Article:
All hail Nissan.
The Japanese automaker has been selected to produce the “Taxi of Tomorrow” after submitting a bid based on its NV200 minivan design, sources said.
Mayor Bloomberg is set to make the announcement Tuesday morning at City Hall.
The Daily News reported last week that the Nissan bid received the highest score in the competition based on design features like interior legroom and durability.
Bloomberg and Taxi and Limousine Commission Chairman David Yassky in November revealed that Nissan was among three finalists in the competition, along with Ford and Turkish carmaker Karsan.
At the time, officials said the winner would get a 10-year contract giving them exclusive right to make and sell yellow cabs to city hacks and fleet owners.
An interior shot of the Nissan cab.
The choice is bound to be controversial. While there are 13,200 yellow cabs, only about 240 are handicapped accessible. Advocates saw the competition as an opportunity to increase the mobility for the estimated 50,000 wheelchair users in the city, along with many others who have difficult walking.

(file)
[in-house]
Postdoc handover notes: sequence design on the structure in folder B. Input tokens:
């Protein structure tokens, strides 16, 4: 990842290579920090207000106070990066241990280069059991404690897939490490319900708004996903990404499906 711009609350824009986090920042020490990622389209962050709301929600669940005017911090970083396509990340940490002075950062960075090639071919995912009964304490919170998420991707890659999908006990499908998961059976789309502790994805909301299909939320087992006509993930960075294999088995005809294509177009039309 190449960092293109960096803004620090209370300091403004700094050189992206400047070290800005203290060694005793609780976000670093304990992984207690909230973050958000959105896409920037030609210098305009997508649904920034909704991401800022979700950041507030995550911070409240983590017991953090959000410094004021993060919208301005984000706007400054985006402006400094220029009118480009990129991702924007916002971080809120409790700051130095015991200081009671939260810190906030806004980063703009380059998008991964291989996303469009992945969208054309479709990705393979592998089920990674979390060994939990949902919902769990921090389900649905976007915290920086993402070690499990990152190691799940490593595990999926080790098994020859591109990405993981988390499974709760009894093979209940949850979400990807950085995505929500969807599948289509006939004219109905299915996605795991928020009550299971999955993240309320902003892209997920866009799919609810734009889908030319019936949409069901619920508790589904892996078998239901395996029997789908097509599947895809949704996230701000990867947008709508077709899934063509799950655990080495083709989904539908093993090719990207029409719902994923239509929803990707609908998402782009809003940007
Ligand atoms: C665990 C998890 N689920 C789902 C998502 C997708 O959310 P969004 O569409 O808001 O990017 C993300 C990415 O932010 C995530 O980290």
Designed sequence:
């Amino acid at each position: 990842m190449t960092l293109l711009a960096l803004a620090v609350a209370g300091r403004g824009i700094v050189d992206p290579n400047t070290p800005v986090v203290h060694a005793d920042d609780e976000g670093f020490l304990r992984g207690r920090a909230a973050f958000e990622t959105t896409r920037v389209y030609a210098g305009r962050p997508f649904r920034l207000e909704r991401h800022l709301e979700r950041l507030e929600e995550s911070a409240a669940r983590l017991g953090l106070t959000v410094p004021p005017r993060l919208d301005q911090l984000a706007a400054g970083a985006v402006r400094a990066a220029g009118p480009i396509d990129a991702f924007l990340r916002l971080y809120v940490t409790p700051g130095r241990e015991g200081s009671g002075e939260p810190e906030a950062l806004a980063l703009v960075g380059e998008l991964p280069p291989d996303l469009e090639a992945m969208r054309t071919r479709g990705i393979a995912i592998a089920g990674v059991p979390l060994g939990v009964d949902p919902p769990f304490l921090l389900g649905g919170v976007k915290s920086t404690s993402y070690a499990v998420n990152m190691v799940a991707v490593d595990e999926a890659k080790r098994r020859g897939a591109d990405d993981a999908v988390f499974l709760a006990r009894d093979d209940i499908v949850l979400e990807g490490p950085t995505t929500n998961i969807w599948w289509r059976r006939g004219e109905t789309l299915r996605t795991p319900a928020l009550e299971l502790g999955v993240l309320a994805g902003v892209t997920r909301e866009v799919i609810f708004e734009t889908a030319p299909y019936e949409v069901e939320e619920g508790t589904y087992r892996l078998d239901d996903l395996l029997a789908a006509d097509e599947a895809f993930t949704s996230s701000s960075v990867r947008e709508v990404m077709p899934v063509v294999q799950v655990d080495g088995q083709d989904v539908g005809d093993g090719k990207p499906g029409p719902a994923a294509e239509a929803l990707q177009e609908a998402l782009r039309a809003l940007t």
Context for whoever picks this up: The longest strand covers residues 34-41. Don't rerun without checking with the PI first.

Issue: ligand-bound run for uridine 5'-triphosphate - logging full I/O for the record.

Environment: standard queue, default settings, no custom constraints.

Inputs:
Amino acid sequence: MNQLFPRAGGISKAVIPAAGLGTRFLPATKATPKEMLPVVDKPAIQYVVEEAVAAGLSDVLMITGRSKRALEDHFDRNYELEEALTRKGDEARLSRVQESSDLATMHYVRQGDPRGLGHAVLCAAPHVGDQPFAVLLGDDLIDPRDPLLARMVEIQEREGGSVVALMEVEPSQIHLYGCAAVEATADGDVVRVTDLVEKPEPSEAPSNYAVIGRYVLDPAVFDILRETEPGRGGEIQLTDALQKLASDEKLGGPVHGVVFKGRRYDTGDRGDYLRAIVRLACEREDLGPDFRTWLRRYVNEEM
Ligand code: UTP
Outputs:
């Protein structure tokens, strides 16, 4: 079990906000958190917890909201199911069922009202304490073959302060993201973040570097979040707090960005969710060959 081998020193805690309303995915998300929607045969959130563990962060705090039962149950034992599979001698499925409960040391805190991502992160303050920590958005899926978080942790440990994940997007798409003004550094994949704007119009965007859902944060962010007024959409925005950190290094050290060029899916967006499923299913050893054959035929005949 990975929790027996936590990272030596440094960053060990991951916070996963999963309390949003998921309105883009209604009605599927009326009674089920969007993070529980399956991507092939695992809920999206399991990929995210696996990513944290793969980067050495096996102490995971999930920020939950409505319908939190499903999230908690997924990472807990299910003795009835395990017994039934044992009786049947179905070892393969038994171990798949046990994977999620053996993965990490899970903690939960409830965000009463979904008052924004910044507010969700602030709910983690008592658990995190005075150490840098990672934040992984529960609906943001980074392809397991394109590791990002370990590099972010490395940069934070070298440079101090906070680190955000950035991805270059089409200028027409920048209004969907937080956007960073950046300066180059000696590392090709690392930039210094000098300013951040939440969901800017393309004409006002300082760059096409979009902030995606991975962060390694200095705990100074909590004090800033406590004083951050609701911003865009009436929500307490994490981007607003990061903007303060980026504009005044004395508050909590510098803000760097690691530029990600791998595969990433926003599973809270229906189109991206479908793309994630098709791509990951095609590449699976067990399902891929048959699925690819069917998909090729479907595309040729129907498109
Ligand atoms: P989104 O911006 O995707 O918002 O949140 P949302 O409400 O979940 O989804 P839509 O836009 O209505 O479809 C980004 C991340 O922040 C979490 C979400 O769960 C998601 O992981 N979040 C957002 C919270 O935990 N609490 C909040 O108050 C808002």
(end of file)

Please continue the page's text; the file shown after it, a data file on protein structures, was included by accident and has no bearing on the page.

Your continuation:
Advocates for the disabled have been pushing for the Karsan design because it featured ramps that mechanically extend from both sides of the vehicle. Its design also featured a see-through roof, offering new vertical vistas for everyday riders and tourists.
Large fleet owners wanted the Ford Transit Connect, another van that has been used for commercial purposes in Europe and has been approved for use as a cab in U.S. cities like Boston.
Either way, the taxi of the future won’t be on the road anytime soon.
“Once the TOT (Taxi of Tomorrow) model is selected, TLC must necessarily engage in a lengthy contracting process before the TOT vehicle is in the market,” Assistant Corporation Council Robin Binder wrote to the federal government last month. “Thus, the TOT vehicle is a long way from actually appearing on the streets of the city.”